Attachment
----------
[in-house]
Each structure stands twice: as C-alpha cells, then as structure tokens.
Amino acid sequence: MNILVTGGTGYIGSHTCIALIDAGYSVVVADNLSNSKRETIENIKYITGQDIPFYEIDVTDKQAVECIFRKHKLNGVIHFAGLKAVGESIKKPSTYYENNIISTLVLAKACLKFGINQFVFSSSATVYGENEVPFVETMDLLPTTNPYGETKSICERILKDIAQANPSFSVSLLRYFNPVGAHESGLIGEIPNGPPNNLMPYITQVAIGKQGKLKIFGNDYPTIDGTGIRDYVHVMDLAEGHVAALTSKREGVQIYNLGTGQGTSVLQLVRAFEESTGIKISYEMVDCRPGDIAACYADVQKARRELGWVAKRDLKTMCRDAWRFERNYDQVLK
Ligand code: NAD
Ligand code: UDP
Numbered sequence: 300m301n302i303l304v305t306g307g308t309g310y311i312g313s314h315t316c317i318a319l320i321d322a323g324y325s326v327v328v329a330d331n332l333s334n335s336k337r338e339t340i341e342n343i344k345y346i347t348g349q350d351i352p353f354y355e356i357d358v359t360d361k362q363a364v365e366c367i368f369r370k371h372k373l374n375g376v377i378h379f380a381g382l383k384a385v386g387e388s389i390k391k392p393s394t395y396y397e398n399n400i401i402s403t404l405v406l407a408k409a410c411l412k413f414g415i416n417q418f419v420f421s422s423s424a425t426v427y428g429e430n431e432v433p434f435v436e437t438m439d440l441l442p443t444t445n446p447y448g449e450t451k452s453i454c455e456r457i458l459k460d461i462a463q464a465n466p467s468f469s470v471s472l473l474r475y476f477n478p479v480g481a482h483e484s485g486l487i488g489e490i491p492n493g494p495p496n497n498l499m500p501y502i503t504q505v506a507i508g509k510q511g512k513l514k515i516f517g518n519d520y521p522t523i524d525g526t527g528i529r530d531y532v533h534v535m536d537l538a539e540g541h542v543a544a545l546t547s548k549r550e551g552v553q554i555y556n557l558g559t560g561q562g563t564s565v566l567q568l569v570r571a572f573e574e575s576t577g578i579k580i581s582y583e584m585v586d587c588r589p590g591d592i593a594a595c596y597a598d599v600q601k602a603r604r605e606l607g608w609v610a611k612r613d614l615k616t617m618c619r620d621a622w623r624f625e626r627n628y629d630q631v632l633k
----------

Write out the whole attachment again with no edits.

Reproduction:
[in-house]
Each structure stands twice: as C-alpha cells, then as structure tokens.
Amino acid sequence: MNILVTGGTGYIGSHTCIALIDAGYSVVVADNLSNSKRETIENIKYITGQDIPFYEIDVTDKQAVECIFRKHKLNGVIHFAGLKAVGESIKKPSTYYENNIISTLVLAKACLKFGINQFVFSSSATVYGENEVPFVETMDLLPTTNPYGETKSICERILKDIAQANPSFSVSLLRYFNPVGAHESGLIGEIPNGPPNNLMPYITQVAIGKQGKLKIFGNDYPTIDGTGIRDYVHVMDLAEGHVAALTSKREGVQIYNLGTGQGTSVLQLVRAFEESTGIKISYEMVDCRPGDIAACYADVQKARRELGWVAKRDLKTMCRDAWRFERNYDQVLK
Ligand code: NAD
Ligand code: UDP
Numbered sequence: 300m301n302i303l304v305t306g307g308t309g310y311i312g313s314h315t316c317i318a319l320i321d322a323g324y325s326v327v328v329a330d331n332l333s334n335s336k337r338e339t340i341e342n343i344k345y346i347t348g349q350d351i352p353f354y355e356i357d358v359t360d361k362q363a364v365e366c367i368f369r370k371h372k373l374n375g376v377i378h379f380a381g382l383k384a385v386g387e388s389i390k391k392p393s394t395y396y397e398n399n400i401i402s403t404l405v406l407a408k409a410c411l412k413f414g415i416n417q418f419v420f421s422s423s424a425t426v427y428g429e430n431e432v433p434f435v436e437t438m439d440l441l442p443t444t445n446p447y448g449e450t451k452s453i454c455e456r457i458l459k460d461i462a463q464a465n466p467s468f469s470v471s472l473l474r475y476f477n478p479v480g481a482h483e484s485g486l487i488g489e490i491p492n493g494p495p496n497n498l499m500p501y502i503t504q505v506a507i508g509k510q511g512k513l514k515i516f517g518n519d520y521p522t523i524d525g526t527g528i529r530d531y532v533h534v535m536d537l538a539e540g541h542v543a544a545l546t547s548k549r550e551g552v553q554i555y556n557l558g559t560g561q562g563t564s565v566l567q568l569v570r571a572f573e574e575s576t577g578i579k580i581s582y583e584m585v586d587c588r589p590g591d592i593a594a595c596y597a598d599v600q601k602a603r604r605e606l607g608w609v610a611k612r613d614l615k616t617m618c619r620d621a622w623r624f625e626r627n628y629d630q631v632l633k